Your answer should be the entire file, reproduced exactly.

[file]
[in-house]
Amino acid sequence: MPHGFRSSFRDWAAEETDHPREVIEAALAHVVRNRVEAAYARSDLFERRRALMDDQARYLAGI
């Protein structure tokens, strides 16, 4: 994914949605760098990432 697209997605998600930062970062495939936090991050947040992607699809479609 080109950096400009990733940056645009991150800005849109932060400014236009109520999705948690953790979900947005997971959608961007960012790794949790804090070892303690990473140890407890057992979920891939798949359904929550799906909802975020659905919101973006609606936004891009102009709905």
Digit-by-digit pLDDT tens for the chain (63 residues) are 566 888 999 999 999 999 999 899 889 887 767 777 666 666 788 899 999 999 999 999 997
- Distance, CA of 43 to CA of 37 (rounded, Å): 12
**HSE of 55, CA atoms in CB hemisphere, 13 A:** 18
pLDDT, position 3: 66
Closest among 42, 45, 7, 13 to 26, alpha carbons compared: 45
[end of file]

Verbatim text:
[in-house]
Amino acid sequence: MPHGFRSSFRDWAAEETDHPREVIEAALAHVVRNRVEAAYARSDLFERRRALMDDQARYLAGI
């Protein structure tokens, strides 16, 4: 994914949605760098990432 697209997605998600930062970062495939936090991050947040992607699809479609 080109950096400009990733940056645009991150800005849109932060400014236009109520999705948690953790979900947005997971959608961007960012790794949790804090070892303690990473140890407890057992979920891939798949359904929550799906909802975020659905919101973006609606936004891009102009709905």
Digit-by-digit pLDDT tens for the chain (63 residues) are 566 888 999 999 999 999 999 899 889 887 767 777 666 666 788 899 999 999 999 999 997
- Distance, CA of 43 to CA of 37 (rounded, Å): 12
**HSE of 55, CA atoms in CB hemisphere, 13 A:** 18
pLDDT, position 3: 66
Closest among 42, 45, 7, 13 to 26, alpha carbons compared: 45